Wearable tech can take several forms, from jewelry and accessories to items of clothing and headgear. Smart fitness wearables can be worn anywhere on the body, such as the wrist, ankle, or head. They’re equipped with the ability to connect to the internet and sync with Bluetooth, so personal health data can be exchanged between a user’s network and personal device instantly.
Types of Available Wearables
As soon as the Fitbit exploded onto the market, alternate brands were quick to get involved in creating their own wearable tech. Available devices now range from wristwear, like traditional fitness bands and smartwatches, to headwear and bodywear. For headwear, fitness lovers can tap into smart glasses, virtual reality (VR) goggles and headsets, and in-ear “hearables.” For bodywear, smart fitness technology is even available as leggings.
The most common types of wearables preferred by avid health enthusiasts include:
Smart Jewelry — Small smart devices that typically work in conjunction with a smartphone application for interaction and display. Available as wristbands, smartwatches, smart glasses, rings, and pins.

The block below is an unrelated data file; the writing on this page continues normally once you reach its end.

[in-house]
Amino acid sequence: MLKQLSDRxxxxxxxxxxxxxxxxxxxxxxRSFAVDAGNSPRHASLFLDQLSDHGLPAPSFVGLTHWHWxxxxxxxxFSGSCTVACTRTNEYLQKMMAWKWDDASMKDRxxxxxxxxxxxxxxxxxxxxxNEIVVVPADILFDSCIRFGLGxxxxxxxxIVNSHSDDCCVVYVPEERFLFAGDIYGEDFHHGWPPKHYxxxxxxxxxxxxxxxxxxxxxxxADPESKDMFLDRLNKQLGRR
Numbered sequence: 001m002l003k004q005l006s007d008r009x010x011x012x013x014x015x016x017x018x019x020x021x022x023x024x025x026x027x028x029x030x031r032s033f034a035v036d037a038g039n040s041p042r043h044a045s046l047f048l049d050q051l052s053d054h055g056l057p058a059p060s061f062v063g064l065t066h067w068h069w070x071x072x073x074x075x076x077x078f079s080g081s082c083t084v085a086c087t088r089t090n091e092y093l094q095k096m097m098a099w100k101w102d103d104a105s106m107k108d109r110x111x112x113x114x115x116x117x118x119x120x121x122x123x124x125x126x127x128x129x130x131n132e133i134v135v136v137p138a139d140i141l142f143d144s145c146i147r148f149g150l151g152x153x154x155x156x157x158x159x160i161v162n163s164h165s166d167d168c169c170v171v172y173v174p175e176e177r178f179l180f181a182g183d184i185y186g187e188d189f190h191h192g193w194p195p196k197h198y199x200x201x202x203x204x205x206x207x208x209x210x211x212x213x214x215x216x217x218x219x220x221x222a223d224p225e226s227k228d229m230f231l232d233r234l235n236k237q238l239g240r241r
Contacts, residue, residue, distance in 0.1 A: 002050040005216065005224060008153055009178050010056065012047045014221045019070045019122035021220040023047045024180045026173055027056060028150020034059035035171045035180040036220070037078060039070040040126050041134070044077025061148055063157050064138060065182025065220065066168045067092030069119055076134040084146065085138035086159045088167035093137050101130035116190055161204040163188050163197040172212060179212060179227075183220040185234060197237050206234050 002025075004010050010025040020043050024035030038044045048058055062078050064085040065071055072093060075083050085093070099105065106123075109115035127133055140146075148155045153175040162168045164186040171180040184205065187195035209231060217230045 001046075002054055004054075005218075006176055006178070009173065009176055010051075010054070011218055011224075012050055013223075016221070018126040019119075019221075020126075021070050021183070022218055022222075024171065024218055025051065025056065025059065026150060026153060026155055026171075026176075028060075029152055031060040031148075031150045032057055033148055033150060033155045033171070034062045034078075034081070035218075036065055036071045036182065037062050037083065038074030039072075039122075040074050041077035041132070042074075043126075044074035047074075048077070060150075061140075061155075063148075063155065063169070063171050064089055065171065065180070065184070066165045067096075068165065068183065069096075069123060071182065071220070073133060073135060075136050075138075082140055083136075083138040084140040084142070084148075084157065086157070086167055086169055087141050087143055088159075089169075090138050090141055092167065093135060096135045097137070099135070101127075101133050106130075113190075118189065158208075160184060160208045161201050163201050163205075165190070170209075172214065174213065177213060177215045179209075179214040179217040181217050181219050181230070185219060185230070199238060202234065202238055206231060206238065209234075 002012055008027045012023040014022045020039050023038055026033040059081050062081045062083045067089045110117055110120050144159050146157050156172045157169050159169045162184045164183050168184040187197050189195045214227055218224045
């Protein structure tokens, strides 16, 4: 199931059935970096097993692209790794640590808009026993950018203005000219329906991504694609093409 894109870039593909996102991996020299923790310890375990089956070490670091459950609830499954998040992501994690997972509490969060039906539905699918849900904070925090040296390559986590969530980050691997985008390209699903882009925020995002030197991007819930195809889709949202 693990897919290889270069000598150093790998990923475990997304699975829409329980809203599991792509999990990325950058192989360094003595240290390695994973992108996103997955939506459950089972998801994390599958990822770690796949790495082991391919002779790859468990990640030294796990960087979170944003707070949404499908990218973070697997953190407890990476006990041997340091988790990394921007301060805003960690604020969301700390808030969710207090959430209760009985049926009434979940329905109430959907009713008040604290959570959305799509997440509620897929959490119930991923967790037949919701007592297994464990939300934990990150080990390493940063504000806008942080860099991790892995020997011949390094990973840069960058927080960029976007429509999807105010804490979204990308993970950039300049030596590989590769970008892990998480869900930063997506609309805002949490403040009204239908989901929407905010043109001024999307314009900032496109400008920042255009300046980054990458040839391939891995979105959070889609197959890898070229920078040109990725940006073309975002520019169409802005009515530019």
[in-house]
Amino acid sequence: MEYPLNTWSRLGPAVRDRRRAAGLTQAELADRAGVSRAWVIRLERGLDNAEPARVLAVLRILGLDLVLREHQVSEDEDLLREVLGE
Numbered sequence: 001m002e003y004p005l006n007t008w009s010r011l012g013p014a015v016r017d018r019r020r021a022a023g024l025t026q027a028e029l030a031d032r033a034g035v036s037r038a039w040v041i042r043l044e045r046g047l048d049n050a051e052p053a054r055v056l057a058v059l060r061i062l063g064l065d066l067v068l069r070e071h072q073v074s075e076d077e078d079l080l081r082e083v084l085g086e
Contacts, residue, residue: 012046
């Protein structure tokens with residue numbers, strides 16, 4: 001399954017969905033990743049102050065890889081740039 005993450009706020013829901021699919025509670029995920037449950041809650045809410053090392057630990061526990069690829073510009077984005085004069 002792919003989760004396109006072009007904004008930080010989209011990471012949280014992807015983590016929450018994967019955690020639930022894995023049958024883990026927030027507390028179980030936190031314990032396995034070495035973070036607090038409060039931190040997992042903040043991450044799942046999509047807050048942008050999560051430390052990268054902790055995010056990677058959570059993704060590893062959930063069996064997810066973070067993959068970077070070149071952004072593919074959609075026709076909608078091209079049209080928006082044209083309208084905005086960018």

Fitness Trackers — Available as wristbands or straps to monitor physical activity and vital levels. Do not need to be linked to a smartphone for a function, however, can be connected wirelessly to an application for data storage and processing.
Hearables — Artificial intelligence (AI) earbuds that utilize machine learning to adapt to a user’s environment and filter background noise. Aside from providing a playlist for a workout, hearables can also be used as fitness trackers.